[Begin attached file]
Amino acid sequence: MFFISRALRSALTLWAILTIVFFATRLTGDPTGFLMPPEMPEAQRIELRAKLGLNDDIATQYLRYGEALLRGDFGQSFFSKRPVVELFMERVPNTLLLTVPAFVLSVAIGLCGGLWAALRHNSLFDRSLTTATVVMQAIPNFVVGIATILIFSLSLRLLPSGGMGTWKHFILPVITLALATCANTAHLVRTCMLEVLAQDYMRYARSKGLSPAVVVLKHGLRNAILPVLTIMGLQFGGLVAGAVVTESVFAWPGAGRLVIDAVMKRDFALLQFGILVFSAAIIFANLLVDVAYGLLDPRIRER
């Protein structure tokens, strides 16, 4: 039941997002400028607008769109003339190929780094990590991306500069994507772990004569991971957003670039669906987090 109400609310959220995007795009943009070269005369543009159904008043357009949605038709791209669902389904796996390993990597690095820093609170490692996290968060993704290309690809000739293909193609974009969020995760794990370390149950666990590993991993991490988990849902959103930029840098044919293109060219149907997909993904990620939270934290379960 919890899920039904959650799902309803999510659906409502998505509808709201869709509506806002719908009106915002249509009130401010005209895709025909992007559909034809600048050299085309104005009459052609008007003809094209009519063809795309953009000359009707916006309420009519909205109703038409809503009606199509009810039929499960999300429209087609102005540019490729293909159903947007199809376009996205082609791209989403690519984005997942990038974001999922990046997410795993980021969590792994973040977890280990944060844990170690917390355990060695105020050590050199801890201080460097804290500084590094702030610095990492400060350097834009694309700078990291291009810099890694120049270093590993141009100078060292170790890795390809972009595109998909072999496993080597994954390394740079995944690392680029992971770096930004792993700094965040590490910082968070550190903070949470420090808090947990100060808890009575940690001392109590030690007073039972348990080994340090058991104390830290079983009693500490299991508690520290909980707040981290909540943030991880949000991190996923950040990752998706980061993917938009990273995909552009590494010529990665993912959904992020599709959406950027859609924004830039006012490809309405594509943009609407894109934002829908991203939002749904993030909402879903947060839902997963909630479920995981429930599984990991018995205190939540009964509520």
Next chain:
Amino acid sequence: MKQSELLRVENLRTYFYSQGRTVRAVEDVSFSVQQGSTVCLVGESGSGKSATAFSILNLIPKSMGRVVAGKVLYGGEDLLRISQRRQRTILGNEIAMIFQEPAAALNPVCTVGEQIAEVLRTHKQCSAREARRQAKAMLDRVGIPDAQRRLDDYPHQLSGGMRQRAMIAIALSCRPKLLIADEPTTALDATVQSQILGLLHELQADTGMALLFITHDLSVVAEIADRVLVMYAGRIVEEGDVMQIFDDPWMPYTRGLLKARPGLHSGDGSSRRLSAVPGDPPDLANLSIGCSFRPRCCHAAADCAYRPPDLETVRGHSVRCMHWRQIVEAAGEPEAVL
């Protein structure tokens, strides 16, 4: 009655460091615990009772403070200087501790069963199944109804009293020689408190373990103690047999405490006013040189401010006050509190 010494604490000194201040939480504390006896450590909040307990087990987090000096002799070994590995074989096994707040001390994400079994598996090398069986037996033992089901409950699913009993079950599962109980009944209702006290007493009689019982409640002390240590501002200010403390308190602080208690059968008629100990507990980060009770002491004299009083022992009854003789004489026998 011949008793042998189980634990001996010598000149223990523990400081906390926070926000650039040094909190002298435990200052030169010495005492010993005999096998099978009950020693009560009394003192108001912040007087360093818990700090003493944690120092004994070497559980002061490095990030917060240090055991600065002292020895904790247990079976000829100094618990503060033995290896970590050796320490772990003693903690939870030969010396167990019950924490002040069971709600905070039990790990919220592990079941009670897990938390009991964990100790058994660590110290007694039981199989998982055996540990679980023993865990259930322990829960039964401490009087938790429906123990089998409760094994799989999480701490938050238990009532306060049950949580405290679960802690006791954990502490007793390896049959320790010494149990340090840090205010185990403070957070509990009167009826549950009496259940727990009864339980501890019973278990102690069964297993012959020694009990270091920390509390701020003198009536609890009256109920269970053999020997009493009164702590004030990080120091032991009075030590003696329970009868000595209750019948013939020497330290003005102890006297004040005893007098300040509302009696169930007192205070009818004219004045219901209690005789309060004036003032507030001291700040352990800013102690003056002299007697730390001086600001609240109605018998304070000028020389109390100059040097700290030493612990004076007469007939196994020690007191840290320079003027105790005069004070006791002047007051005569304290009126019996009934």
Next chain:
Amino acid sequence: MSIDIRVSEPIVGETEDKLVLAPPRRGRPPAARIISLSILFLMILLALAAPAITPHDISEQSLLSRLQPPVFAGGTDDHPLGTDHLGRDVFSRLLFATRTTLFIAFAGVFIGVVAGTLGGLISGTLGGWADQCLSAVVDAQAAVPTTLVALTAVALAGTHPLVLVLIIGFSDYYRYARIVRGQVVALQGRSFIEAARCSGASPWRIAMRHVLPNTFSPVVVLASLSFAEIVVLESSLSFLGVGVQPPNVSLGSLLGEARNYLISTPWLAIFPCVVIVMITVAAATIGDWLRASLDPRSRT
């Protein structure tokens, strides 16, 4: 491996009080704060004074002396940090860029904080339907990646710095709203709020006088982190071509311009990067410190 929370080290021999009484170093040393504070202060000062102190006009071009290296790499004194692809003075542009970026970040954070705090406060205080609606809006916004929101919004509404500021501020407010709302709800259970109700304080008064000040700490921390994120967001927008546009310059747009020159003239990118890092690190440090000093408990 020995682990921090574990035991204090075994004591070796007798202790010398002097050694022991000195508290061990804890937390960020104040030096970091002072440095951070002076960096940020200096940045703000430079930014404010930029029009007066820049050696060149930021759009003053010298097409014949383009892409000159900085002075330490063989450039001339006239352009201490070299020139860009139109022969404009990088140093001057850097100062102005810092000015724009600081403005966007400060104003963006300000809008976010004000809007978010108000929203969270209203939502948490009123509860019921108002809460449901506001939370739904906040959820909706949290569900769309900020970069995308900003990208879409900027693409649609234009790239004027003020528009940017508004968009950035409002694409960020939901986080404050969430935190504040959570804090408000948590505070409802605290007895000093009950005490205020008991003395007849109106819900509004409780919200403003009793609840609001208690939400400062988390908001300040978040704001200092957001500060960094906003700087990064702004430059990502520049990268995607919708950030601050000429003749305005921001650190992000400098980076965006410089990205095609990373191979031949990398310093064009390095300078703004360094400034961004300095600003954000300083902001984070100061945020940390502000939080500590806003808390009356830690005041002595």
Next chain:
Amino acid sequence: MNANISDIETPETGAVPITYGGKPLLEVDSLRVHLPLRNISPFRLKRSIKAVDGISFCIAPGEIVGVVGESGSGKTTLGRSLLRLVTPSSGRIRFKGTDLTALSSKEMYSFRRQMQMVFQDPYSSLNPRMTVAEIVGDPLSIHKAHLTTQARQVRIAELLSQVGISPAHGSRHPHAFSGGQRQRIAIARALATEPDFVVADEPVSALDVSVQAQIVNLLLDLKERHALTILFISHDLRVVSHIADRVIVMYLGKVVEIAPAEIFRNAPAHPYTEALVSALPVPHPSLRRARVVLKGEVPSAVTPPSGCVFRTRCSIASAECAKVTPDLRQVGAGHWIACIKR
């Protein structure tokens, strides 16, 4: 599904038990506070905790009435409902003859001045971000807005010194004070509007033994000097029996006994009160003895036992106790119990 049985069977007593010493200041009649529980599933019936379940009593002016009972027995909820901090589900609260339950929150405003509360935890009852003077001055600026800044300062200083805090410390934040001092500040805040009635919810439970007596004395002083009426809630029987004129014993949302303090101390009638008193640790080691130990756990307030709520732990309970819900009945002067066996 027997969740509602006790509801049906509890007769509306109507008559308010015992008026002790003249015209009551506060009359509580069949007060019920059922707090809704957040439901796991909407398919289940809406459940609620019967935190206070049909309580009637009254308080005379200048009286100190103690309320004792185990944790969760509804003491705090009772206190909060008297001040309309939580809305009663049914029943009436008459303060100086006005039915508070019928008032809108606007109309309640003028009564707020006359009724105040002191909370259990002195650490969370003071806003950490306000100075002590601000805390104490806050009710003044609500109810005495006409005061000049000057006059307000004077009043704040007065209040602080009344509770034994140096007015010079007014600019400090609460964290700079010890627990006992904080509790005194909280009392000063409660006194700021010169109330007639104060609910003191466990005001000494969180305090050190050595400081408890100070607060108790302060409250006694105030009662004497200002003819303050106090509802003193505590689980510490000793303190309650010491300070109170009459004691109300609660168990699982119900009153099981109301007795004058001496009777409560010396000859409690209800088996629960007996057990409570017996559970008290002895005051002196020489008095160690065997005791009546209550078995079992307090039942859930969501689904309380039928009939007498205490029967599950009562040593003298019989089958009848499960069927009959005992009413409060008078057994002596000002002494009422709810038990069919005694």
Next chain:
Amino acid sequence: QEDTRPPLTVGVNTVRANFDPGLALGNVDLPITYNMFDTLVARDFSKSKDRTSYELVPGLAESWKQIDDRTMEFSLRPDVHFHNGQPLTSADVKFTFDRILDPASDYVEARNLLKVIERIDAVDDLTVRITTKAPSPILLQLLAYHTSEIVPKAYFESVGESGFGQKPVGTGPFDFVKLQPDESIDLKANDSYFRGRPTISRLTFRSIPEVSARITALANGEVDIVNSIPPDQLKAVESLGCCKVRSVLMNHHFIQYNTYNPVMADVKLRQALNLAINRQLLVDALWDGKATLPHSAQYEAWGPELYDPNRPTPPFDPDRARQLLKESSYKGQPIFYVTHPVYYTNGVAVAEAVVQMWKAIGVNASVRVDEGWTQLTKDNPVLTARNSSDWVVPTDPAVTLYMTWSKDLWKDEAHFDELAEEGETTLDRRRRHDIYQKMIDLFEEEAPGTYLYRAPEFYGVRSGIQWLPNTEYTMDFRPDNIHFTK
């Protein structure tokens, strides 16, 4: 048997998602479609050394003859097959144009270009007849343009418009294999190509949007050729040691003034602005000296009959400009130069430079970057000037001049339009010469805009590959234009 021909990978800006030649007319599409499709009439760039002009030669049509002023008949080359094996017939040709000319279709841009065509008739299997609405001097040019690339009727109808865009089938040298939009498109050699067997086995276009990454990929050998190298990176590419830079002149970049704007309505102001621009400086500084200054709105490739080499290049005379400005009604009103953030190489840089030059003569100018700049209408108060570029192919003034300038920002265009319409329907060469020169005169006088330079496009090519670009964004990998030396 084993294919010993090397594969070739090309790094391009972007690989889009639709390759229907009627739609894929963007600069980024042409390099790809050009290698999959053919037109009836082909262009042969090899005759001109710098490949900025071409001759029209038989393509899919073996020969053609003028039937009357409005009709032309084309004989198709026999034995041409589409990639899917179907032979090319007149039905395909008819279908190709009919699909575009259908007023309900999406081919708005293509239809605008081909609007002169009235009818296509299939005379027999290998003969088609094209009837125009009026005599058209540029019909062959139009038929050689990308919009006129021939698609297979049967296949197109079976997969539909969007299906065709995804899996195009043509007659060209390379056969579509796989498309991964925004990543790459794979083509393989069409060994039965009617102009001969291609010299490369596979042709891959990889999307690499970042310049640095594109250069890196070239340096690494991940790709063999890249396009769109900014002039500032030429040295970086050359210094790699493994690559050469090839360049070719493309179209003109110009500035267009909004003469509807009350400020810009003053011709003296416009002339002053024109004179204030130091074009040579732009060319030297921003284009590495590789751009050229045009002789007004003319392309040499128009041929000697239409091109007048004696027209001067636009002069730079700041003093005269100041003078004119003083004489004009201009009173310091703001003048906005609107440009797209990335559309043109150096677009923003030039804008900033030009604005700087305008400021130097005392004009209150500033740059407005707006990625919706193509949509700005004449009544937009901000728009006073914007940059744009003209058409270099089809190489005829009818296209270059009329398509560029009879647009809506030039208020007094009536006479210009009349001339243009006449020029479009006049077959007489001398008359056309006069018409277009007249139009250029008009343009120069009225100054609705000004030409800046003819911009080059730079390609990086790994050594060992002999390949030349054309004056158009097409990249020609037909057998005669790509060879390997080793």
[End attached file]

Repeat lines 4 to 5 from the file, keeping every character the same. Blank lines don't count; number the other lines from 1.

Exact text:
Amino acid sequence: MKQSELLRVENLRTYFYSQGRTVRAVEDVSFSVQQGSTVCLVGESGSGKSATAFSILNLIPKSMGRVVAGKVLYGGEDLLRISQRRQRTILGNEIAMIFQEPAAALNPVCTVGEQIAEVLRTHKQCSAREARRQAKAMLDRVGIPDAQRRLDDYPHQLSGGMRQRAMIAIALSCRPKLLIADEPTTALDATVQSQILGLLHELQADTGMALLFITHDLSVVAEIADRVLVMYAGRIVEEGDVMQIFDDPWMPYTRGLLKARPGLHSGDGSSRRLSAVPGDPPDLANLSIGCSFRPRCCHAAADCAYRPPDLETVRGHSVRCMHWRQIVEAAGEPEAVL
């Protein structure tokens, strides 16, 4: 009655460091615990009772403070200087501790069963199944109804009293020689408190373990103690047999405490006013040189401010006050509190 010494604490000194201040939480504390006896450590909040307990087990987090000096002799070994590995074989096994707040001390994400079994598996090398069986037996033992089901409950699913009993079950599962109980009944209702006290007493009689019982409640002390240590501002200010403390308190602080208690059968008629100990507990980060009770002491004299009083022992009854003789004489026998 011949008793042998189980634990001996010598000149223990523990400081906390926070926000650039040094909190002298435990200052030169010495005492010993005999096998099978009950020693009560009394003192108001912040007087360093818990700090003493944690120092004994070497559980002061490095990030917060240090055991600065002292020895904790247990079976000829100094618990503060033995290896970590050796320490772990003693903690939870030969010396167990019950924490002040069971709600905070039990790990919220592990079941009670897990938390009991964990100790058994660590110290007694039981199989998982055996540990679980023993865990259930322990829960039964401490009087938790429906123990089998409760094994799989999480701490938050238990009532306060049950949580405290679960802690006791954990502490007793390896049959320790010494149990340090840090205010185990403070957070509990009167009826549950009496259940727990009864339980501890019973278990102690069964297993012959020694009990270091920390509390701020003198009536609890009256109920269970053999020997009493009164702590004030990080120091032991009075030590003696329970009868000595209750019948013939020497330290003005102890006297004040005893007098300040509302009696169930007192205070009818004219004045219901209690005789309060004036003032507030001291700040352990800013102690003056002299007697730390001086600001609240109605018998304070000028020389109390100059040097700290030493612990004076007469007939196994020690007191840290320079003027105790005069004070006791002047007051005569304290009126019996009934």